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Making Sure your Kobo book can be downloaded

Making Sure your Kobo book can be downloaded

Discussion about the recent changes to B&N have revealed a number of Kobo customers are having trouble with some Kobo books they’ve purchased.  Kobo’s Customer Care department (a misnomer if ever I heard one) will tell buyers who complain that the problem occurs because the book is “ePub3″.  This is actually not the case.  EPub3 books can be downloaded just fine – the problems arise when you come across a (fortunately) rare KePub book.

ETA: I’ve been keeping an eye on the comments and browsing through the Mobile Reads forum about this topic.  It seems the problem is both ePub3 and KePub – ePub3 books can be downloaded – other etailers don’t seem to be having the same problem.  Those books which are uploaded to Kobo in ePub3 format are going to be KePubbed and won’t be downloadable.  This appears to be a compatibility issue with the way Kobo likes to do things and ePub3.  This thread at Mobile Reads suggests that all new Tor books will have this problem if purchased from Kobo, as they are publishing their books in ePub3 format. 

Unfortunately, therefore, it seems the problem will become more frequent.  If downloading matters to you, I do suggest you either learn the obok trick referred to in the comments (Nate at The Digital Reader has some tips) or follow the steps below to check the format before you buy. I suppose customers could also complain to the relevant publishers – if they receive enough complaints perhaps it will spur a fix at either end.

KePub is, as I understand it,  Kobo’s proprietary ePub format.  If you do buy a KePub book it won’t download to your PC and while it will appear on your Kobo reader (if you have the wi-fi turned on), it doesn’t show up in the files if you connect the device to the PC in attempt to load the book into Calibre.  Wherever the file is kept, it’s not visible to the average reader trying to back up her books.  Library Addict tells me that KePubs can be placed on the PC via the Kobo for PC app but I haven’t tested this myself.

My best advice is to avoid KePub books altogether.  Here’s how:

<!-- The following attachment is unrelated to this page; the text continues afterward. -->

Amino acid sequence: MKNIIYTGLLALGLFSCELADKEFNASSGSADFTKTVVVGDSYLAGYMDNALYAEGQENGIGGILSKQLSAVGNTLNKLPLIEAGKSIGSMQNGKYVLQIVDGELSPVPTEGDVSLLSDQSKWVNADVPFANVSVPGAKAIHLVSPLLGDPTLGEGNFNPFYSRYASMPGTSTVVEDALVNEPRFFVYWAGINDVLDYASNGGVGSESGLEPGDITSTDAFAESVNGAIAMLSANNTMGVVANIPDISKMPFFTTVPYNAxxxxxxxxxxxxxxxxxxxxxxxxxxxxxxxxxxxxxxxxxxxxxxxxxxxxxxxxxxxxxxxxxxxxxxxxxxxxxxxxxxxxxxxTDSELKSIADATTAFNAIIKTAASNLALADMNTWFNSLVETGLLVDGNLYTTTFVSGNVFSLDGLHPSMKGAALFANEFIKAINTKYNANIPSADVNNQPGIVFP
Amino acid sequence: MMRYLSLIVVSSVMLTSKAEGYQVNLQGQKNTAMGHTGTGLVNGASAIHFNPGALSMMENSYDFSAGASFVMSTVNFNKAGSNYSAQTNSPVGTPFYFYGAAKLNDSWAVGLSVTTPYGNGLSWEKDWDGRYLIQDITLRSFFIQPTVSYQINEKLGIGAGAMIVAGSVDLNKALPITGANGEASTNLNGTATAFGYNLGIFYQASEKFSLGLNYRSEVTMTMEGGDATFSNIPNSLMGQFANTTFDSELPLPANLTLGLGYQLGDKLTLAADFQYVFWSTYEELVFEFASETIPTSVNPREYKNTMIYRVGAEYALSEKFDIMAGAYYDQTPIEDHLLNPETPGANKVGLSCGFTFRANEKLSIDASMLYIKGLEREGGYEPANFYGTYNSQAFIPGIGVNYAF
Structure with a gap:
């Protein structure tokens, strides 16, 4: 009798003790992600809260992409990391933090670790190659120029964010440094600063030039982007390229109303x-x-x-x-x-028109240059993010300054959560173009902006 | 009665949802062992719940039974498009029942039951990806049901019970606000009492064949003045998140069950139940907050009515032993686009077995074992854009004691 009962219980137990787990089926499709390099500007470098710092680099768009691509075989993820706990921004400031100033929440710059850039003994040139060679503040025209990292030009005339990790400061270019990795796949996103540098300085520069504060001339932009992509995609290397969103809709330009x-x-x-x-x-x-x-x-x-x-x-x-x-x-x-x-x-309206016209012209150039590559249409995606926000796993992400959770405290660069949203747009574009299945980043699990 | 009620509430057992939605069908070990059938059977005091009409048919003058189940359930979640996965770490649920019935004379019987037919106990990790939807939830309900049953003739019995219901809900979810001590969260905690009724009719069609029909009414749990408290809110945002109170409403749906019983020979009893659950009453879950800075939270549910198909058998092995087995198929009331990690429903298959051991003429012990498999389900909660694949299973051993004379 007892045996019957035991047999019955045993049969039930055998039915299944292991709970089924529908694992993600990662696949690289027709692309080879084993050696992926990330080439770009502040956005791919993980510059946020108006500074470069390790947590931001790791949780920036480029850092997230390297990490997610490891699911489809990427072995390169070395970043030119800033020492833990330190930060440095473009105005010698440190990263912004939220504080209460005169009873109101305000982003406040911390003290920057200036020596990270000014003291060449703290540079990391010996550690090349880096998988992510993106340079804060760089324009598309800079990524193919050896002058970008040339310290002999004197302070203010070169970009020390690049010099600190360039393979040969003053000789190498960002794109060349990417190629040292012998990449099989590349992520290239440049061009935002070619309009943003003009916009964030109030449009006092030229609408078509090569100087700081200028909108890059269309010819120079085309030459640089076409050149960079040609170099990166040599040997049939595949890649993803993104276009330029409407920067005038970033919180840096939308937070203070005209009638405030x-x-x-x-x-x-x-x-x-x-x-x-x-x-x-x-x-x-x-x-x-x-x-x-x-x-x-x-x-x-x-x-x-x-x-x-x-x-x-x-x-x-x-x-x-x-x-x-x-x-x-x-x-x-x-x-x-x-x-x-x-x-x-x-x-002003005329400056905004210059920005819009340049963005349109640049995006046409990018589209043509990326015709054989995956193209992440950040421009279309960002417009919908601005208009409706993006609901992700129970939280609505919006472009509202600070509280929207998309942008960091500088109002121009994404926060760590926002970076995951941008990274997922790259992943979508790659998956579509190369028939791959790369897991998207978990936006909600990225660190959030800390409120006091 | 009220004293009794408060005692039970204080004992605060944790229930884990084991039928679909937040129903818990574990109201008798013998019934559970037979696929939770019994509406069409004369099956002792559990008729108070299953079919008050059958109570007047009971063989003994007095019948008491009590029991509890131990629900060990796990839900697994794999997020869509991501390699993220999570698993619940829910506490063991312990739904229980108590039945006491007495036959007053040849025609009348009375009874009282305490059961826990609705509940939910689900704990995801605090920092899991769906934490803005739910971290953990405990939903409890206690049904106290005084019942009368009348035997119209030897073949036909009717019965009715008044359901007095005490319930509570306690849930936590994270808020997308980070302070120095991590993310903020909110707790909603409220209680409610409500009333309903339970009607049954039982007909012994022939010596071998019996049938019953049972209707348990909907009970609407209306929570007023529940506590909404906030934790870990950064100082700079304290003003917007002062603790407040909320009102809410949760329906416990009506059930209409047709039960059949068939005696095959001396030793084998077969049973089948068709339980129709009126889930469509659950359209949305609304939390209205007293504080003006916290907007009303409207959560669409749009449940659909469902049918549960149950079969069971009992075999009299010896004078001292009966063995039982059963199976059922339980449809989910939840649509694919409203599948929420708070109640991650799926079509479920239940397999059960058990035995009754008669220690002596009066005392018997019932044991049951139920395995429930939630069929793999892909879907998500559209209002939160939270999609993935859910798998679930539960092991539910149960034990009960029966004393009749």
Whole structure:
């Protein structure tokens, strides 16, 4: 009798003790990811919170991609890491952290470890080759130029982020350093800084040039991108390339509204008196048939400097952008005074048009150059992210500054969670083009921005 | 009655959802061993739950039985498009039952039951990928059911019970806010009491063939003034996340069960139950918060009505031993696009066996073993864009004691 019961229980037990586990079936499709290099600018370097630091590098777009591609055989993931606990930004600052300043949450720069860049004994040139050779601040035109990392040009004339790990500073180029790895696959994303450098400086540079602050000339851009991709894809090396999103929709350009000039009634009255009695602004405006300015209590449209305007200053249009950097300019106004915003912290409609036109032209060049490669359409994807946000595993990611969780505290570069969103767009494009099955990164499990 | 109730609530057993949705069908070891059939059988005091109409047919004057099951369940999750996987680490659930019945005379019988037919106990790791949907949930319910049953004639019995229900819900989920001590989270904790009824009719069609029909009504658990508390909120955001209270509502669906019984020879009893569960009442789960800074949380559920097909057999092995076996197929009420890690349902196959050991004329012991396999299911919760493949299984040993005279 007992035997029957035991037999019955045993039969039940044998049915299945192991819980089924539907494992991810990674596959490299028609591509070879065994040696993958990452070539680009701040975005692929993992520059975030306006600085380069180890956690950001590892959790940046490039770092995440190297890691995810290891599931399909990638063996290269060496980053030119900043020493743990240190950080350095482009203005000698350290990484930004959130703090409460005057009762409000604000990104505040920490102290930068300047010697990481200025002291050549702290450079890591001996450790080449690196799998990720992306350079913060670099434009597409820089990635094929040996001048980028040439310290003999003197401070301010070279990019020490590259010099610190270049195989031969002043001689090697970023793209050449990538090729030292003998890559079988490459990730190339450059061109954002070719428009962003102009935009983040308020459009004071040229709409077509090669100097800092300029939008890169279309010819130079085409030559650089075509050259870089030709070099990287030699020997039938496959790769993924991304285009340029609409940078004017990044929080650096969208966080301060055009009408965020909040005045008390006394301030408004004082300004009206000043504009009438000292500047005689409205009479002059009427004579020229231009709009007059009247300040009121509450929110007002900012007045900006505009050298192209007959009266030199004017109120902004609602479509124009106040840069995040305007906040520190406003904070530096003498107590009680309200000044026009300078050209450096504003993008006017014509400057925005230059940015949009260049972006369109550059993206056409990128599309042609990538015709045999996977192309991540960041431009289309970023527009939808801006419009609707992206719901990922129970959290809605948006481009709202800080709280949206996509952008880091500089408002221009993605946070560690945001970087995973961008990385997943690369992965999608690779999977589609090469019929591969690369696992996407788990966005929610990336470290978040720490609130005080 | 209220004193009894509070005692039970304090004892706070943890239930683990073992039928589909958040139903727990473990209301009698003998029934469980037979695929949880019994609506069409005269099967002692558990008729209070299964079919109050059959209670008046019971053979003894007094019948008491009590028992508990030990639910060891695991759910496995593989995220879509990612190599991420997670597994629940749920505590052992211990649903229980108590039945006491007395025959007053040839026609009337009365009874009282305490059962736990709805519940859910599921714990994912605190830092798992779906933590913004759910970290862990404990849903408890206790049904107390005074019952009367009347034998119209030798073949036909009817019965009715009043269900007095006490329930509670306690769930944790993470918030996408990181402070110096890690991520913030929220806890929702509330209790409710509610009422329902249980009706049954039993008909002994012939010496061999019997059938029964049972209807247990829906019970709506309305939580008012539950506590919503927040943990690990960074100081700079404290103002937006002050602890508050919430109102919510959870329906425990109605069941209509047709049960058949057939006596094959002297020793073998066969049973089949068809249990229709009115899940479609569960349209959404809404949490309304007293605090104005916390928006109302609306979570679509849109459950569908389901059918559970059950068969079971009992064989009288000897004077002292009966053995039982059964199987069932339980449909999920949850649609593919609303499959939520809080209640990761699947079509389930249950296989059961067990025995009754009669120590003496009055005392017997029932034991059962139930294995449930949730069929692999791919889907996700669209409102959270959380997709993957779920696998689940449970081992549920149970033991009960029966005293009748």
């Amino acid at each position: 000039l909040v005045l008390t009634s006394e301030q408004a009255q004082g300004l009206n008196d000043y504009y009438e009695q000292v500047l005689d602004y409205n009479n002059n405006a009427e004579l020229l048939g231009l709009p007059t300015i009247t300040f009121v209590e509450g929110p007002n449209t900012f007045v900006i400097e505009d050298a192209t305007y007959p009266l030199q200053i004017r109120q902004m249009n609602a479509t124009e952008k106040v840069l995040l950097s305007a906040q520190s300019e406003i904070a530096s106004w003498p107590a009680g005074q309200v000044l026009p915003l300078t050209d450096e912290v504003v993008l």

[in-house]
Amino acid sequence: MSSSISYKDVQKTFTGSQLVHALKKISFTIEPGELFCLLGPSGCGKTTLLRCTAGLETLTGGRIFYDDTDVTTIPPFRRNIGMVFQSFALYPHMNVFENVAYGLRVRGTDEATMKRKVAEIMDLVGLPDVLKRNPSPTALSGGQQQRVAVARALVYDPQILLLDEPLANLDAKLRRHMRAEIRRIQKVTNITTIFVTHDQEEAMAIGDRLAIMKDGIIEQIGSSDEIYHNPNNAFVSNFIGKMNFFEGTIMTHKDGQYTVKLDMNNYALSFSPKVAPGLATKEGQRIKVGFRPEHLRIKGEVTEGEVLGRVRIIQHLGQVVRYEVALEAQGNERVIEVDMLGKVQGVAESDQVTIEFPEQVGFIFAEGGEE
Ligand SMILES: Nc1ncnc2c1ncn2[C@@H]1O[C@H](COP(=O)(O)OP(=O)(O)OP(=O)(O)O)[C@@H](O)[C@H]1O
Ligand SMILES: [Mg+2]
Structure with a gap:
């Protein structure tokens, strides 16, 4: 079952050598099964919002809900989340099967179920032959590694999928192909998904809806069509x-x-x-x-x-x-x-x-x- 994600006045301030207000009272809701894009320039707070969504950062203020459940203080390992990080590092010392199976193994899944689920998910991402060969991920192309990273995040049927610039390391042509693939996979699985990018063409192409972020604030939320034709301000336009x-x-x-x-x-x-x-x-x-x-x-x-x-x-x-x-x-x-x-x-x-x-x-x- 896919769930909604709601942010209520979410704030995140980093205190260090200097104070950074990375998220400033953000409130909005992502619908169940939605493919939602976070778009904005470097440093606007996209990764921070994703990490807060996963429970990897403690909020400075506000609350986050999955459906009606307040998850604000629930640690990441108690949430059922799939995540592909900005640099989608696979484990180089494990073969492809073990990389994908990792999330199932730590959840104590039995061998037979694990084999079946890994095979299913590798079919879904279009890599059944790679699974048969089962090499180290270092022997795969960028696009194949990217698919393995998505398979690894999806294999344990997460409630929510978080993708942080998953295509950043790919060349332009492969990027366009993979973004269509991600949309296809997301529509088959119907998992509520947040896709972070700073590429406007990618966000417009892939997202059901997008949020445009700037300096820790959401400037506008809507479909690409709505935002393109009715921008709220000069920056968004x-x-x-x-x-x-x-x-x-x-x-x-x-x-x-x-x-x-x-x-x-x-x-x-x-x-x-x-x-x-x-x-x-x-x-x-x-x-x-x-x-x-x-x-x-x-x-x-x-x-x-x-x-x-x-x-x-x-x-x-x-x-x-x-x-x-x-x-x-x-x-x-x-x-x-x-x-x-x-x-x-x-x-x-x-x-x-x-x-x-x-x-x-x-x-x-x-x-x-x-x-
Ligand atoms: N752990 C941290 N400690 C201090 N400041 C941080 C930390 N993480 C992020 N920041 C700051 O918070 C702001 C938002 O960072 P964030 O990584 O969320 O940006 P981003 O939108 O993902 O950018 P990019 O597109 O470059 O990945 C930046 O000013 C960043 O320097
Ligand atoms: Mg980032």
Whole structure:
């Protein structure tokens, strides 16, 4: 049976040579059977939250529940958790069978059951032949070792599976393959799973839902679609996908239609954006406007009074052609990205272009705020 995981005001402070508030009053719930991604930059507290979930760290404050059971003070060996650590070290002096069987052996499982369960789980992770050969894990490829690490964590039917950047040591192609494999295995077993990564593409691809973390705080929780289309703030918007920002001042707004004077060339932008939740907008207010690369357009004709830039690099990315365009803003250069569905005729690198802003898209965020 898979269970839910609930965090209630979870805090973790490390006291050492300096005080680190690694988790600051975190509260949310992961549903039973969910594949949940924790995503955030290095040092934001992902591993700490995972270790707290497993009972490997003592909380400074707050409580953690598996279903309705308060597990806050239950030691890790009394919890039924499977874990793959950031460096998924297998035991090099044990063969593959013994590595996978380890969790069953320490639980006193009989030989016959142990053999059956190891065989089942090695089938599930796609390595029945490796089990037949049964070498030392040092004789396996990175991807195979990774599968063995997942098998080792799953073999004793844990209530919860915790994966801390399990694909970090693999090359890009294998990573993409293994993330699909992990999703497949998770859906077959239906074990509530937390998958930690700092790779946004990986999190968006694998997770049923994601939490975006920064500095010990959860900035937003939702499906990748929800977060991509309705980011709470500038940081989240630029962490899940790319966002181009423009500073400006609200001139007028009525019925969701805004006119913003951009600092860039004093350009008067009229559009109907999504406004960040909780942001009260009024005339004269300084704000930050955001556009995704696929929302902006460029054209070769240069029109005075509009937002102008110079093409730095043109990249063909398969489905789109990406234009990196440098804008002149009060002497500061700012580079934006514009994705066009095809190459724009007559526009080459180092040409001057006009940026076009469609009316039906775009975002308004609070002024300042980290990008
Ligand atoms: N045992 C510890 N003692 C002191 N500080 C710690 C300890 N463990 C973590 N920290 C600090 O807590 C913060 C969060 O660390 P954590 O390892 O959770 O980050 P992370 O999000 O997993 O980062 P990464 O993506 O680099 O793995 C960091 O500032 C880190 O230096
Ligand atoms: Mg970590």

1.  Before you buy a book from Kobo, Save a Preview to your library.

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2.  If the Preview indicates the book has a download format of “EPUB (DRM FREE)” or “Adobe DRM EPUB” you are safe to buy and download as normal.

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3.  If the download format is blank, the book is most likely a KePub and you should buy the book elsewhere if you want to download it.

Kobo Screenshot4_phixr

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This is what it looks like if you make the mistake of buying a KePub ebook from Kobo (I got a refund by the way)

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***PLEASE NOTE:  This DOES NOT WORK on Pre-Orders. The book has to be available to save a preview to your library.  If you pre-order, it’s a crapshoot so far as I can tell. ***

It does add an extra step to the process but it guarantees you will be able to download your legally purchased book onto your PC and import it into Calibre.  If it has DRM, and if you are a DRM-stripper (for personal use only) you can even back it up so it remains yours yours yours.

Kaetrin

Friday News: Vook buys Byliner, reading habits of Millennials, banishing U2 from your iPhone, and Tahari’s low-tech, high-tech fashion

Friday News: Vook buys Byliner, reading habits of Millennials, banishing U2...

The deal may be good news for Byliner authors who wondered how they were going to get paid: Vook said Thursday that it would be paying them 85 percent royalties on works that were already for sale at digital retailers like Amazon and Apple. That is a different financial model than the one used by Byliner, which paid authors a flat fee and then split royalties with them 50-50. –Gigaom

Millennials’ lives are full of technology, but they are more likely than their elders to say that important information is not available on the internet. Some 98% of those under 30 use the internet, and 90% of those internet users say they use social networking sites. Over three-quarters (77%) of younger Americans have a smartphone, and many also have a tablet (38%) or e-reader (24%). Despite their embrace of technology, 62% of Americans under age 30 agree there is “a lot of useful, important information that is not available on the internet,” compared with 53% of older Americans who believe that. At the same time, 79% of Millennials believe that people without internet access are at a real disadvantage. –Pew Internet

If you don’t really want U2 to come up next time you put your phone on shuffle, there’s no way to permanently detach the album from your account, but there are ways to hide it so that you never have to lay ears on it. –Ars Technica